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Eugene O’Neill’s Beyond the Horizon is a play that centers on the disaster that befalls two brothers when they choose to fight against their own natures. Realizing that they both love the same woman, each brother ends up pursuing the dream of the other with dire consequences.
Written in 1918, Beyond the Horizon was O’Neill’s first full-length work to be produced, although it wasn’t published and first performed until 1920, the same year that it won the Pulitzer Prize for Drama. The play draws heavily on O’Neill’s personal experiences of tuberculosis and his time at sea, as well as reflecting the American modernist movement that grew out of the struggle to understand change and the rejection of old ideas at the turn of the twentieth century. Although one of his early works, Beyond the Horizon explores several pessimistic themes that appear throughout O’Neill’s cannon, including dysfunctional familial relationships, dreams and disillusionment, and doomed romance.
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This study guide refers to the text of Beyond the Horizon included in the 2001 Penguin Classics edition of Eugene O’Neill: Early Plays.
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Beyond the Horizon tells the story of the two Mayo brothers, Andrew “Andy” and Robert “Rob,” who realize that they are both in love with the same woman, Ruth Atkins. The play is set on the Mayo family farm and takes place over the course of eight years.
At the start of the play, Andy and Rob are outside on Mayo land, discussing their hopes and desires. Rob, the younger brother, is introduced as a dreamer and a poet. After suffering a sickly childhood that forced him to stay indoors, Rob dreams of seeing the world and plans to leave the family farm to take up a position on his uncle’s ship, which he also believes will help strengthen his constitution. The whole of Act I takes place on what should be Rob’s last night at home before he ships out. In contrast, the elder Mayo brother, Andy, is a man of the land. Andy is tall, strong, and bronzed from working in the fields, he dreams of marrying his childhood love, Ruth, and taking over the running of the Mayo family farm. The brothers are close, despite their differences and the fact that Rob is clearly in love with Ruth, too.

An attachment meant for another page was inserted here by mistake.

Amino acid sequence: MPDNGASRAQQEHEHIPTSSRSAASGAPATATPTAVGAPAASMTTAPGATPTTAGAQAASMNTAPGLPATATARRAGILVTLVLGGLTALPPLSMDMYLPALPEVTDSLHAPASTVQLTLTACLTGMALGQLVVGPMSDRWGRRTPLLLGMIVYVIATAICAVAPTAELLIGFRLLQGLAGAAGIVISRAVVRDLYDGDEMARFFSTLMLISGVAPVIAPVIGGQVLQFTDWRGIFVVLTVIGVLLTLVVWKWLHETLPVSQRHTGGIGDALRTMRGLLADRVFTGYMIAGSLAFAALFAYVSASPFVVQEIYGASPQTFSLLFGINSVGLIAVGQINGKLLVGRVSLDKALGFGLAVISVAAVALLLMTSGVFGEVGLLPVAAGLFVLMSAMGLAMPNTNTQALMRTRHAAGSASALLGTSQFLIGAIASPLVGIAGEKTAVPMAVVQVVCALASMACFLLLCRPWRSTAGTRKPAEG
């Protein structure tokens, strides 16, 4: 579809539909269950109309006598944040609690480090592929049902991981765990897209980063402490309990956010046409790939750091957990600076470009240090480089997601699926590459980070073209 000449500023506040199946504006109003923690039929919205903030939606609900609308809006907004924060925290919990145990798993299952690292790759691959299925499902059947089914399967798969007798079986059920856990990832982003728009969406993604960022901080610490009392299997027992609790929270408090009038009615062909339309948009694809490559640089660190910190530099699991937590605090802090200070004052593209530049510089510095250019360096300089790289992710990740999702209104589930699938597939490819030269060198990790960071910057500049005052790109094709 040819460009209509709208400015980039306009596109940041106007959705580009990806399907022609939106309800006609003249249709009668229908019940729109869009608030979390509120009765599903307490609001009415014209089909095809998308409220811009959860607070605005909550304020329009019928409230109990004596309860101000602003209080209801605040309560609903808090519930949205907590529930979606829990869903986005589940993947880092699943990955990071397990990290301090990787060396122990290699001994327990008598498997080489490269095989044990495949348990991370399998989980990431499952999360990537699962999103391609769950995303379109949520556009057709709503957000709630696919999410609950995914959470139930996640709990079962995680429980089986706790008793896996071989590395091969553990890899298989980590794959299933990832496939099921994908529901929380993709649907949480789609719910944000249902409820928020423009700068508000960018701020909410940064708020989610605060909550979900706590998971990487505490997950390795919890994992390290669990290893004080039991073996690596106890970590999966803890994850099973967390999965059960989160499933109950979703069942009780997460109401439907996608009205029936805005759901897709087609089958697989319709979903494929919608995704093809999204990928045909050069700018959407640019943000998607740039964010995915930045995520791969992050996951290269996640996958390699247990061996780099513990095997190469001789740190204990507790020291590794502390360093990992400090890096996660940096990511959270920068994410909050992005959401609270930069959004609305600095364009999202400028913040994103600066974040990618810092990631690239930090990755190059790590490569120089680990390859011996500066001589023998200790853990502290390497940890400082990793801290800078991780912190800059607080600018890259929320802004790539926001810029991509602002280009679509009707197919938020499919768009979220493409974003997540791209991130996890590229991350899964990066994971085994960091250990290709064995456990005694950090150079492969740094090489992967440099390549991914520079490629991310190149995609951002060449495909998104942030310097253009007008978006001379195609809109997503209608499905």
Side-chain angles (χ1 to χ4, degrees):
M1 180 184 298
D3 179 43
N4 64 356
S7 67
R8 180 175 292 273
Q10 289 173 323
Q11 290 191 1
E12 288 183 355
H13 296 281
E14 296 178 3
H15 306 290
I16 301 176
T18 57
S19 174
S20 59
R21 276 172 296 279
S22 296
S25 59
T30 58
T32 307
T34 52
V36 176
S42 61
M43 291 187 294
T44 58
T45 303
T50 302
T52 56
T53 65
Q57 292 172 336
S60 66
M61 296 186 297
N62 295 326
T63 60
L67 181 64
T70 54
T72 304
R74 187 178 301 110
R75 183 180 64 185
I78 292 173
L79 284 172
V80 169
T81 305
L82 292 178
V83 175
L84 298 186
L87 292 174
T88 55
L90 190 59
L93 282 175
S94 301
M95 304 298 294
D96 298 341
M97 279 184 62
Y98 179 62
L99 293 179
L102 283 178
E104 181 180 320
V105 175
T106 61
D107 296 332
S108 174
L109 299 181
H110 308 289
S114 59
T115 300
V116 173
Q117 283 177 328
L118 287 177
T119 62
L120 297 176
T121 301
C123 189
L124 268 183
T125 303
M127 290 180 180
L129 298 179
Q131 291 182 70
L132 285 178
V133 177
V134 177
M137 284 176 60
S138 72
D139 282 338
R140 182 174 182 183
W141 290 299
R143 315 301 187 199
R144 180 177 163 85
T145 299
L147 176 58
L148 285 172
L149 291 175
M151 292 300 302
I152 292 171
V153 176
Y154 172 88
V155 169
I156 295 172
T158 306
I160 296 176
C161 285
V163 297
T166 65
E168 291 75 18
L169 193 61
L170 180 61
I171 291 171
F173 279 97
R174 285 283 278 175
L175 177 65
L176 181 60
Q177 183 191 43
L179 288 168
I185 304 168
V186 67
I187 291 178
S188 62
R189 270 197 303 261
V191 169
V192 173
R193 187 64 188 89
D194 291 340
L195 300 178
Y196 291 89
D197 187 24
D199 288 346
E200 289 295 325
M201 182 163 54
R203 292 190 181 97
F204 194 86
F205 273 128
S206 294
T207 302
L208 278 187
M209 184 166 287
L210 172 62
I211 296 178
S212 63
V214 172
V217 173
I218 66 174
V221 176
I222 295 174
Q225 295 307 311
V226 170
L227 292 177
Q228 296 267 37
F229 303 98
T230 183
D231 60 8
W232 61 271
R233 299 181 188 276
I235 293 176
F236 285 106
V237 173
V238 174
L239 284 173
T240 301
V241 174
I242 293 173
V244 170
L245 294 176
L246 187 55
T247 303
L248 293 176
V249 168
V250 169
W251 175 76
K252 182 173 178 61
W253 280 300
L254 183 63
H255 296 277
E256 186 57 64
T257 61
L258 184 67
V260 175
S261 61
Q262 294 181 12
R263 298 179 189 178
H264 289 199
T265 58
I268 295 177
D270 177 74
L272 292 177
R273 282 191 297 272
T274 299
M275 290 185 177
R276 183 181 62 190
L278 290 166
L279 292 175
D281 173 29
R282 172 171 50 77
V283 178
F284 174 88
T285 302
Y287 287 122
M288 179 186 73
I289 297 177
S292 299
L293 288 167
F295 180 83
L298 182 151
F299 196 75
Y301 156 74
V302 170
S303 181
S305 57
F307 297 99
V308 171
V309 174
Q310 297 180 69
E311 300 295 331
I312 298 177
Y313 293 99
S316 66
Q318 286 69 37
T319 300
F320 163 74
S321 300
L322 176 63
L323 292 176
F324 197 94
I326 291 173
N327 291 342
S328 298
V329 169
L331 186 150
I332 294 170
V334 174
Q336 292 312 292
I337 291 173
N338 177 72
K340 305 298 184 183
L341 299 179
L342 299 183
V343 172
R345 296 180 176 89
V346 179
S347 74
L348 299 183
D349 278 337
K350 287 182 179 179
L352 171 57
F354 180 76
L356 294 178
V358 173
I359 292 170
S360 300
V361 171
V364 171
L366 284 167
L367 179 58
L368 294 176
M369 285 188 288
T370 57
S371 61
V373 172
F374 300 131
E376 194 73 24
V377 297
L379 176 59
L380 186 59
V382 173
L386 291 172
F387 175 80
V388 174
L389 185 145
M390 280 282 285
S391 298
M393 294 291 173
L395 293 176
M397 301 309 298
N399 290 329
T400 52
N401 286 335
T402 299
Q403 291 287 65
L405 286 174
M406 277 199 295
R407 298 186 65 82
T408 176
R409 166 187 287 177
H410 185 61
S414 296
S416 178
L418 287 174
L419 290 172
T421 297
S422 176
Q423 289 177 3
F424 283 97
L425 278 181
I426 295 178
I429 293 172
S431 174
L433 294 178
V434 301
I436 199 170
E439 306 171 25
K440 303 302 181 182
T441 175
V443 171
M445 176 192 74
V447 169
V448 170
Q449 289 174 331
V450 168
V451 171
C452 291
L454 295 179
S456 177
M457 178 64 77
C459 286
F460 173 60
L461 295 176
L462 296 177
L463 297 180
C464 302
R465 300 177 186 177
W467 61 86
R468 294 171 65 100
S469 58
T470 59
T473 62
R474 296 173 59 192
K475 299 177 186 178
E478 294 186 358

After Andy heads home, Ruth enters and ultimately confesses that she is in love with Rob, not Andy, and convinces him to stay. Later that night, Rob informs his family of his change of plans, telling them that he and Ruth are in love and that he wants to stay and learn how to farm. Rob’s mother and father, Kate, and James Mayo, are delighted, if not a little perplexed, at this sudden change. His uncle, Captain Scott, is irritated at being messed around. Heartbroken, Andy congratulates Rob but is unable to face seeing his brother marry Ruth and live the life that he had wanted for himself, so he offers to take Rob’s place on his uncle’s ship. Andy lies that he always wanted to travel but felt obligated to stay because Rob was leaving, so now there is nothing stopping him. However, James can see the truth and an angry argument ensues, which culminates in James disowning Andy. Rob is devastated by Andy’s decision to leave as well, but he understands his reasons and the two brothers part on good terms.